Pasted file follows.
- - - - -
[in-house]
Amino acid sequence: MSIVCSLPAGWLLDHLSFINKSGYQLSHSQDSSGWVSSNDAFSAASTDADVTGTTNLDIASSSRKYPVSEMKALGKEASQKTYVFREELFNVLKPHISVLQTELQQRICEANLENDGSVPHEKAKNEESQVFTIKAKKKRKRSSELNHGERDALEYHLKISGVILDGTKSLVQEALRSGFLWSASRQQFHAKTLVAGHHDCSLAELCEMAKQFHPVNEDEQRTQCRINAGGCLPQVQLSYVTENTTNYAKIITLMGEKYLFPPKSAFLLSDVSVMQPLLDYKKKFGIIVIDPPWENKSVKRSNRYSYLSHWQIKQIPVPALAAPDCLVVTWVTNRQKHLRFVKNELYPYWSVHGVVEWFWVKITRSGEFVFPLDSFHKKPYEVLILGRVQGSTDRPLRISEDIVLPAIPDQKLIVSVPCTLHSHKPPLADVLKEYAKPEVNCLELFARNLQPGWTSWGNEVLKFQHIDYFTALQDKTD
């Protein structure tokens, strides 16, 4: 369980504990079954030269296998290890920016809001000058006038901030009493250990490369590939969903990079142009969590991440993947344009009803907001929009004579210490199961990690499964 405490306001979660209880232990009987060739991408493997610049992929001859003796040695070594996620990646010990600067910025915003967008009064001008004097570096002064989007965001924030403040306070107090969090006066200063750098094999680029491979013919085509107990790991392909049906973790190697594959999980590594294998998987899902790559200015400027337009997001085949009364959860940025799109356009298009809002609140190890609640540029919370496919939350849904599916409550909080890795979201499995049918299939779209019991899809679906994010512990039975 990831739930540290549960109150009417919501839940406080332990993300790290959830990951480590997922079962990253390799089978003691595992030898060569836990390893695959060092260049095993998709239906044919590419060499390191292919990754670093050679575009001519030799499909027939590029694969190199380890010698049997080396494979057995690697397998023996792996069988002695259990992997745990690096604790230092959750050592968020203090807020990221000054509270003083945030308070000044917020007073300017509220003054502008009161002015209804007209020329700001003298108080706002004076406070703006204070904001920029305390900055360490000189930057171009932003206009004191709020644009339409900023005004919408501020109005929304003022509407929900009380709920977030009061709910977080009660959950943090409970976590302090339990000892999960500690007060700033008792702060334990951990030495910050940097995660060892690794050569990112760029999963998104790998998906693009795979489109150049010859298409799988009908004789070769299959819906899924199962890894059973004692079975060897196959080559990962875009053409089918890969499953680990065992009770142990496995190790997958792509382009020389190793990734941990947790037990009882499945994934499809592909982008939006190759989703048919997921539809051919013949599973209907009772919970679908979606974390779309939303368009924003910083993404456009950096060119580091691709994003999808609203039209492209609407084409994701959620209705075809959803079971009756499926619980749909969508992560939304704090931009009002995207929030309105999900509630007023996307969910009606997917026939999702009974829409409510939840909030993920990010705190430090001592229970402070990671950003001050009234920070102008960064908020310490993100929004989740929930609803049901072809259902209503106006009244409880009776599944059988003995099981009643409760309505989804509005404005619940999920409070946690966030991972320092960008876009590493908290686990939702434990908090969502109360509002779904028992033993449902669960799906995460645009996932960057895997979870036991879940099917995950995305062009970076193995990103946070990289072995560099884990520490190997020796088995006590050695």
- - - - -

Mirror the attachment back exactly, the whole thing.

[in-house]
Amino acid sequence: MSIVCSLPAGWLLDHLSFINKSGYQLSHSQDSSGWVSSNDAFSAASTDADVTGTTNLDIASSSRKYPVSEMKALGKEASQKTYVFREELFNVLKPHISVLQTELQQRICEANLENDGSVPHEKAKNEESQVFTIKAKKKRKRSSELNHGERDALEYHLKISGVILDGTKSLVQEALRSGFLWSASRQQFHAKTLVAGHHDCSLAELCEMAKQFHPVNEDEQRTQCRINAGGCLPQVQLSYVTENTTNYAKIITLMGEKYLFPPKSAFLLSDVSVMQPLLDYKKKFGIIVIDPPWENKSVKRSNRYSYLSHWQIKQIPVPALAAPDCLVVTWVTNRQKHLRFVKNELYPYWSVHGVVEWFWVKITRSGEFVFPLDSFHKKPYEVLILGRVQGSTDRPLRISEDIVLPAIPDQKLIVSVPCTLHSHKPPLADVLKEYAKPEVNCLELFARNLQPGWTSWGNEVLKFQHIDYFTALQDKTD
């Protein structure tokens, strides 16, 4: 369980504990079954030269296998290890920016809001000058006038901030009493250990490369590939969903990079142009969590991440993947344009009803907001929009004579210490199961990690499964 405490306001979660209880232990009987060739991408493997610049992929001859003796040695070594996620990646010990600067910025915003967008009064001008004097570096002064989007965001924030403040306070107090969090006066200063750098094999680029491979013919085509107990790991392909049906973790190697594959999980590594294998998987899902790559200015400027337009997001085949009364959860940025799109356009298009809002609140190890609640540029919370496919939350849904599916409550909080890795979201499995049918299939779209019991899809679906994010512990039975 990831739930540290549960109150009417919501839940406080332990993300790290959830990951480590997922079962990253390799089978003691595992030898060569836990390893695959060092260049095993998709239906044919590419060499390191292919990754670093050679575009001519030799499909027939590029694969190199380890010698049997080396494979057995690697397998023996792996069988002695259990992997745990690096604790230092959750050592968020203090807020990221000054509270003083945030308070000044917020007073300017509220003054502008009161002015209804007209020329700001003298108080706002004076406070703006204070904001920029305390900055360490000189930057171009932003206009004191709020644009339409900023005004919408501020109005929304003022509407929900009380709920977030009061709910977080009660959950943090409970976590302090339990000892999960500690007060700033008792702060334990951990030495910050940097995660060892690794050569990112760029999963998104790998998906693009795979489109150049010859298409799988009908004789070769299959819906899924199962890894059973004692079975060897196959080559990962875009053409089918890969499953680990065992009770142990496995190790997958792509382009020389190793990734941990947790037990009882499945994934499809592909982008939006190759989703048919997921539809051919013949599973209907009772919970679908979606974390779309939303368009924003910083993404456009950096060119580091691709994003999808609203039209492209609407084409994701959620209705075809959803079971009756499926619980749909969508992560939304704090931009009002995207929030309105999900509630007023996307969910009606997917026939999702009974829409409510939840909030993920990010705190430090001592229970402070990671950003001050009234920070102008960064908020310490993100929004989740929930609803049901072809259902209503106006009244409880009776599944059988003995099981009643409760309505989804509005404005619940999920409070946690966030991972320092960008876009590493908290686990939702434990908090969502109360509002779904028992033993449902669960799906995460645009996932960057895997979870036991879940099917995950995305062009970076193995990103946070990289072995560099884990520490190997020796088995006590050695």